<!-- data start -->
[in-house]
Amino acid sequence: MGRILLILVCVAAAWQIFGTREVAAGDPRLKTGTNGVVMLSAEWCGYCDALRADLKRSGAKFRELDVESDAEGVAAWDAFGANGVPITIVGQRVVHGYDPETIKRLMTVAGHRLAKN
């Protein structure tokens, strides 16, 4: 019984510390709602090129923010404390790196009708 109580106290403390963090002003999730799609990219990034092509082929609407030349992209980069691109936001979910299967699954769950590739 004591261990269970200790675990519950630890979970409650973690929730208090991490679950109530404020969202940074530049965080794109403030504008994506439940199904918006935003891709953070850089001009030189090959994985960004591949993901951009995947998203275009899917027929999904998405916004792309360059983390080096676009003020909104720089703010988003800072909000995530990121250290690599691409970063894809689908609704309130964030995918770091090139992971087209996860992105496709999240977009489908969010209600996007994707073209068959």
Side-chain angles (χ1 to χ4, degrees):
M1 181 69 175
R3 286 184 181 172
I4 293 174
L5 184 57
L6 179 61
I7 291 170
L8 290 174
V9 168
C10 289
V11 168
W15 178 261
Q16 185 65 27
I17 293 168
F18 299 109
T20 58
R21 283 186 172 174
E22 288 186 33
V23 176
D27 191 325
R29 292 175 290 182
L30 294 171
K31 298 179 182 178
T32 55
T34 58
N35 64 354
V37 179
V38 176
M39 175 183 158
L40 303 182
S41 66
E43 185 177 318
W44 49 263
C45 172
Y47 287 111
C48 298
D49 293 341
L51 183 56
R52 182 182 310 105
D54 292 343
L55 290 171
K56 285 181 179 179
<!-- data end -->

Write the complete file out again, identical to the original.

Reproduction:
[in-house]
Amino acid sequence: MGRILLILVCVAAAWQIFGTREVAAGDPRLKTGTNGVVMLSAEWCGYCDALRADLKRSGAKFRELDVESDAEGVAAWDAFGANGVPITIVGQRVVHGYDPETIKRLMTVAGHRLAKN
């Protein structure tokens, strides 16, 4: 019984510390709602090129923010404390790196009708 109580106290403390963090002003999730799609990219990034092509082929609407030349992209980069691109936001979910299967699954769950590739 004591261990269970200790675990519950630890979970409650973690929730208090991490679950109530404020969202940074530049965080794109403030504008994506439940199904918006935003891709953070850089001009030189090959994985960004591949993901951009995947998203275009899917027929999904998405916004792309360059983390080096676009003020909104720089703010988003800072909000995530990121250290690599691409970063894809689908609704309130964030995918770091090139992971087209996860992105496709999240977009489908969010209600996007994707073209068959």
Side-chain angles (χ1 to χ4, degrees):
M1 181 69 175
R3 286 184 181 172
I4 293 174
L5 184 57
L6 179 61
I7 291 170
L8 290 174
V9 168
C10 289
V11 168
W15 178 261
Q16 185 65 27
I17 293 168
F18 299 109
T20 58
R21 283 186 172 174
E22 288 186 33
V23 176
D27 191 325
R29 292 175 290 182
L30 294 171
K31 298 179 182 178
T32 55
T34 58
N35 64 354
V37 179
V38 176
M39 175 183 158
L40 303 182
S41 66
E43 185 177 318
W44 49 263
C45 172
Y47 287 111
C48 298
D49 293 341
L51 183 56
R52 182 182 310 105
D54 292 343
L55 290 171
K56 285 181 179 179